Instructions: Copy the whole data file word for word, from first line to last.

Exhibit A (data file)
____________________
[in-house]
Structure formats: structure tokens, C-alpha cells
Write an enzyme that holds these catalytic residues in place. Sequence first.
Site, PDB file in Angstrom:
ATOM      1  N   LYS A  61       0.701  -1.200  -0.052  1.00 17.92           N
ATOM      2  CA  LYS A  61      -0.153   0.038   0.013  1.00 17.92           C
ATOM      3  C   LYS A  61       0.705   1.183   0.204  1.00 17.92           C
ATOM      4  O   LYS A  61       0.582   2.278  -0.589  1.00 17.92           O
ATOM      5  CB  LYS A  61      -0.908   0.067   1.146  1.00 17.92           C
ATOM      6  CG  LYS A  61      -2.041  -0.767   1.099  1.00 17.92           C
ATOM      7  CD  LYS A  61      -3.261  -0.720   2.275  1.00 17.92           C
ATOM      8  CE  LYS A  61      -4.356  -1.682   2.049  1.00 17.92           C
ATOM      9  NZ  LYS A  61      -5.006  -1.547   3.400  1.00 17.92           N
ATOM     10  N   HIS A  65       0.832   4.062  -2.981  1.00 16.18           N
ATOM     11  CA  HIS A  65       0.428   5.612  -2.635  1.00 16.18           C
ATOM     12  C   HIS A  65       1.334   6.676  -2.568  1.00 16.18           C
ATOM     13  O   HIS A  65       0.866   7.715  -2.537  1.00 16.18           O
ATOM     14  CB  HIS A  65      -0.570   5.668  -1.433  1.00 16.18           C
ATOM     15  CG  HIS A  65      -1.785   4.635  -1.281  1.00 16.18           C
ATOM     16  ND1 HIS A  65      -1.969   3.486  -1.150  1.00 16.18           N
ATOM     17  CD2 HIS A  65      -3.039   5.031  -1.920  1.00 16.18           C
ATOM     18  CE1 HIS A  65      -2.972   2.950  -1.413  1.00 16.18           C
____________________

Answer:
[in-house]
Structure formats: structure tokens, C-alpha cells
Write an enzyme that holds these catalytic residues in place. Sequence first.
Site, PDB file in Angstrom:
ATOM      1  N   LYS A  61       0.701  -1.200  -0.052  1.00 17.92           N
ATOM      2  CA  LYS A  61      -0.153   0.038   0.013  1.00 17.92           C
ATOM      3  C   LYS A  61       0.705   1.183   0.204  1.00 17.92           C
ATOM      4  O   LYS A  61       0.582   2.278  -0.589  1.00 17.92           O
ATOM      5  CB  LYS A  61      -0.908   0.067   1.146  1.00 17.92           C
ATOM      6  CG  LYS A  61      -2.041  -0.767   1.099  1.00 17.92           C
ATOM      7  CD  LYS A  61      -3.261  -0.720   2.275  1.00 17.92           C
ATOM      8  CE  LYS A  61      -4.356  -1.682   2.049  1.00 17.92           C
ATOM      9  NZ  LYS A  61      -5.006  -1.547   3.400  1.00 17.92           N
ATOM     10  N   HIS A  65       0.832   4.062  -2.981  1.00 16.18           N
ATOM     11  CA  HIS A  65       0.428   5.612  -2.635  1.00 16.18           C
ATOM     12  C   HIS A  65       1.334   6.676  -2.568  1.00 16.18           C
ATOM     13  O   HIS A  65       0.866   7.715  -2.537  1.00 16.18           O
ATOM     14  CB  HIS A  65      -0.570   5.668  -1.433  1.00 16.18           C
ATOM     15  CG  HIS A  65      -1.785   4.635  -1.281  1.00 16.18           C
ATOM     16  ND1 HIS A  65      -1.969   3.486  -1.150  1.00 16.18           N
ATOM     17  CD2 HIS A  65      -3.039   5.031  -1.920  1.00 16.18           C
ATOM     18  CE1 HIS A  65      -2.972   2.950  -1.413  1.00 16.18           C